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The Danish health care system provides partial reimbursement of most prescription medications in Denmark. The dispensation of prescription medications is registered in administrative databases. Each time a prescription is redeemed at a pharmacy, an electronic record is generated with information related to the user, prescriber, the pharmacy, and the dispensed drug. The National Health Service gathers this information for administration of the drug reimbursement plan. Recently, this information became the basis for the establishment of a new research database, the Danish National Database of Reimbursed Prescriptions (DNDRP). In this paper, we review the content, coverage, quality, linkage, access, and research possibilities of this new database. The database encompasses the reimbursement records of all reimbursed drugs sold in community pharmacies and hospital-based outpatient pharmacies in Denmark since 2004. On average, approximately 3.5 million users are recorded in the database each year. During the coverage period, the number of annual prescription redemptions increased by 15%. Most dispensed prescriptions are in the categories “alimentary tract and metabolism”, “cardiovascular system”, “nervous system”, and “respiratory system”. Individuals are identified by the unique central personal registration (CPR) number assigned to all persons born in or immigrating to Denmark. The new database fully complies with Denmark’s Act on Processing of Personal Data, while avoiding additional restrictions imposed on data use at the Danish National Prescription Registry, administered by Statistics Denmark. Most importantly, CPR numbers are reversibly encrypted, which allows re-identification of drug users; furthermore, the data access is possible outside the servers of Statistics Denmark. These features open additional opportunities for international collaboration, validation studies, studies on adverse drug effects requiring review of medical records, studies involving contact to general practitioners, and linkage of prescription data to other clinical and research databases. The DNDRP thus is a valuable data source for pharmacoepidemiological research.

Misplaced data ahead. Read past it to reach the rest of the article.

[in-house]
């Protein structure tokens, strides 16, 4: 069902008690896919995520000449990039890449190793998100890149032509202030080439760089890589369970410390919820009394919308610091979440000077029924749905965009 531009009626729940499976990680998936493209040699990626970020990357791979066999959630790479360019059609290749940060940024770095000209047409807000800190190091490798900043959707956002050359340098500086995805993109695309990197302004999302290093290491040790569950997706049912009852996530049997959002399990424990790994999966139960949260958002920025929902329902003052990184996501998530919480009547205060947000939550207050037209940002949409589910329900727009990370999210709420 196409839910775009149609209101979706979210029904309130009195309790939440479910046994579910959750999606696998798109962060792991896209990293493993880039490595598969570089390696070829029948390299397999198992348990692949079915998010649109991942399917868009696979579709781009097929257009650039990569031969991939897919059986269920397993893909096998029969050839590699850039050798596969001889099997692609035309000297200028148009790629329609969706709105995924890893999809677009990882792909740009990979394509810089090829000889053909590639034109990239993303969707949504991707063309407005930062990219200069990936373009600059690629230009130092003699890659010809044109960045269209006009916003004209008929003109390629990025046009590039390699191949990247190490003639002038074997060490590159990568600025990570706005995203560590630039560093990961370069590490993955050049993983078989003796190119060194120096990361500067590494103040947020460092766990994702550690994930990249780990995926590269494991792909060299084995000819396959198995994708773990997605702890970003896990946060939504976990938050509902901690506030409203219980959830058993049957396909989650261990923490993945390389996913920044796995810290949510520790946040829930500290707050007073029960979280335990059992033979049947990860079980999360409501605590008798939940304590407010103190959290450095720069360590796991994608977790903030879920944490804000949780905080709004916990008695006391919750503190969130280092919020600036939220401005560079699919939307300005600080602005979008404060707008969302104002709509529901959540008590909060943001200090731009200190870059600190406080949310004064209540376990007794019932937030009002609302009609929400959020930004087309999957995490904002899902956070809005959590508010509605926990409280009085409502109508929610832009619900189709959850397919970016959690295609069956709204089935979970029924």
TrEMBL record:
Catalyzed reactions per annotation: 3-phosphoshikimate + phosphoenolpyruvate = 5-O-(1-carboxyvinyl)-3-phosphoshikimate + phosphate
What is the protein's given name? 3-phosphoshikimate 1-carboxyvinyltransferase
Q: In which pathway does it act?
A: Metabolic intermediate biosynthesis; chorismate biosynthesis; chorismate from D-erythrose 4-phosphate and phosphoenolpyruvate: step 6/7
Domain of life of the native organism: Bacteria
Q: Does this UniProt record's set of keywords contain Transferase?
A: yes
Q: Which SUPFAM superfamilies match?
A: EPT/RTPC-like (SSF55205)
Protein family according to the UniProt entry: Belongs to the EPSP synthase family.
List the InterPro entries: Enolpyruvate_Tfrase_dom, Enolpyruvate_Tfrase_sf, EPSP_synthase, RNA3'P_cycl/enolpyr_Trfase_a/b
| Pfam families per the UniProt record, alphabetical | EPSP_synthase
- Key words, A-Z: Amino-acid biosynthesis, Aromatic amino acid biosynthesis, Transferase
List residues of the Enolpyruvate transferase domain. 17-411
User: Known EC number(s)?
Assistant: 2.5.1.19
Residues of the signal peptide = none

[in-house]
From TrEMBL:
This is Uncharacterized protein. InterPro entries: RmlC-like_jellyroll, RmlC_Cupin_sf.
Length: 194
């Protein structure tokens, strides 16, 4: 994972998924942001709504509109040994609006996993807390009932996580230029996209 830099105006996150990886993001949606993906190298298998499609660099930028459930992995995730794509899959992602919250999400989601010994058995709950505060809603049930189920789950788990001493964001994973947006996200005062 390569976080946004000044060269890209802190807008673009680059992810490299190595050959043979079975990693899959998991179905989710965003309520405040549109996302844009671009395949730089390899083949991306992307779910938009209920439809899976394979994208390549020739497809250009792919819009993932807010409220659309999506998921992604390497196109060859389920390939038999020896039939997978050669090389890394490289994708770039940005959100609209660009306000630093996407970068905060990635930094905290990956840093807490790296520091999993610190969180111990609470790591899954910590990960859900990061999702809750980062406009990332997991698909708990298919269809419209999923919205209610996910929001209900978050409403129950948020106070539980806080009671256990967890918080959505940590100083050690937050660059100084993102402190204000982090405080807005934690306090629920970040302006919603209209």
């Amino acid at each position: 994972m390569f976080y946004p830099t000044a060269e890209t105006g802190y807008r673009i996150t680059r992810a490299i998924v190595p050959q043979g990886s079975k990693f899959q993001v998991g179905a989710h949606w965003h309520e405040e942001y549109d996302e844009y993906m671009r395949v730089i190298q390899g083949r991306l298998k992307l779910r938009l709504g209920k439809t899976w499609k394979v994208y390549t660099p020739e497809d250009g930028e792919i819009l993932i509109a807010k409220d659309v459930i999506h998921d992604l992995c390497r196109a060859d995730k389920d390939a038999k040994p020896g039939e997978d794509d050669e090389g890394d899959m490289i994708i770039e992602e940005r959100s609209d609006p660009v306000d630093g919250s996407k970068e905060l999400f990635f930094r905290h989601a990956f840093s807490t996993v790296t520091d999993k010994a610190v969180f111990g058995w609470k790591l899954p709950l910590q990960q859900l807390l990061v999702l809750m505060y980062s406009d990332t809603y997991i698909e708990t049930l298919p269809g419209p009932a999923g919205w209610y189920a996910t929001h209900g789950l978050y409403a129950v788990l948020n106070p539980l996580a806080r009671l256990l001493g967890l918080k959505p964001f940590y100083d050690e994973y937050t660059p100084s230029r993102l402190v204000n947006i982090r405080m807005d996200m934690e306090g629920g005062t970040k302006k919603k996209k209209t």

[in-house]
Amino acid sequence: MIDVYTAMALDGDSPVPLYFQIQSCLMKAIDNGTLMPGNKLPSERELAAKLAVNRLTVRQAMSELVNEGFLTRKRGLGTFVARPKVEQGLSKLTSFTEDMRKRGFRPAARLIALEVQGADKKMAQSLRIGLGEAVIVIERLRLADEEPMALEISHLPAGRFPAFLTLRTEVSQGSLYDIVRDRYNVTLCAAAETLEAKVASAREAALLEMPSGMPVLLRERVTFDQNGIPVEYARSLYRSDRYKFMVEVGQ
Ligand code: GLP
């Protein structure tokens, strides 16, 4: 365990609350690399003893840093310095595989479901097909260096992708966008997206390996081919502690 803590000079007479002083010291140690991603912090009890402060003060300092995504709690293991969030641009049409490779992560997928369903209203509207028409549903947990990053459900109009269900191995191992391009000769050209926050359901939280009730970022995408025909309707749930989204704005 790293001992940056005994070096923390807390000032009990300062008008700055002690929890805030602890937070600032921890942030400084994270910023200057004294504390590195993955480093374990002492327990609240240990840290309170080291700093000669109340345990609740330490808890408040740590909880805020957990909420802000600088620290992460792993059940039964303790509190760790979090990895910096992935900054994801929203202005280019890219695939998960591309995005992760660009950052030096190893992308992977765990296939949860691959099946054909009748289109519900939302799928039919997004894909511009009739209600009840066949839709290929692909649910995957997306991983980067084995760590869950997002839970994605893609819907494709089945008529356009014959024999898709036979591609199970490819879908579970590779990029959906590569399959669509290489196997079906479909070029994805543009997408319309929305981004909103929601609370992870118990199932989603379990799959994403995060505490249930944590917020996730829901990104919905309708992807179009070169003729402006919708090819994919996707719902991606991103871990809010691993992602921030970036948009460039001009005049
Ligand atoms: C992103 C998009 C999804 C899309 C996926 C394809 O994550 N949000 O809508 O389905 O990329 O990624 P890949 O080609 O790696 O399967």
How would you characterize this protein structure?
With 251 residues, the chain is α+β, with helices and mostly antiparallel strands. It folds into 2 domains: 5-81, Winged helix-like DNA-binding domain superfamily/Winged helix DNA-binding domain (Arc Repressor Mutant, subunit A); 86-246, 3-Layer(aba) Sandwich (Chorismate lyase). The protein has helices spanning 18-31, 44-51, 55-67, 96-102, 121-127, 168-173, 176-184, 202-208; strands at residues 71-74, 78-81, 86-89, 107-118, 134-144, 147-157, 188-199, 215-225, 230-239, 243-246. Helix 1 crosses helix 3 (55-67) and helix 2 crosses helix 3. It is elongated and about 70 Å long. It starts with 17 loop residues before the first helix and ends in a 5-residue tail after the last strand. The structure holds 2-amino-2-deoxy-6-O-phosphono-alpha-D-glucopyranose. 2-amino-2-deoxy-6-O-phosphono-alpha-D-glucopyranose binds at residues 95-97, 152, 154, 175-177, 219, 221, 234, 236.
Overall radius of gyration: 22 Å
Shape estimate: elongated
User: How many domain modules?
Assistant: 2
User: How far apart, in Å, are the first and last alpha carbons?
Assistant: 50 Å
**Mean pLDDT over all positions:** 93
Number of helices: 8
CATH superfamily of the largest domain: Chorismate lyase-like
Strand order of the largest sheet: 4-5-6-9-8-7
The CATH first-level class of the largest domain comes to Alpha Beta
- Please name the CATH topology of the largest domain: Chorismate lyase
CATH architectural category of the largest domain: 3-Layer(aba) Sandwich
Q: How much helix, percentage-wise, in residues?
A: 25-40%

Worldwide, prescription registries are the most frequently used data sources in pharmacoepidemiological studies.1–7 In particular, the Scandinavian countries – Denmark, Norway, and Sweden – have taken a prominent position.2 In each of the three countries, all residents are assigned a unique personal identifier, which is used to register social and health services, including prescription dispensations, in various nationwide registries.2,8 In Denmark it is the central personal registration [CPR] number. Routine registration of dispensed prescription medications started in Denmark in 1994, followed by Norway in 2004, and Sweden in 2005.2 Other Nordic countries have similar registries. 2 This practice of longitudinal routine registration enables continuous surveillance of the entire Scandinavian population and creates a unique opportunity for registry-based pharmacoepidemiological research with relatively low time and money costs.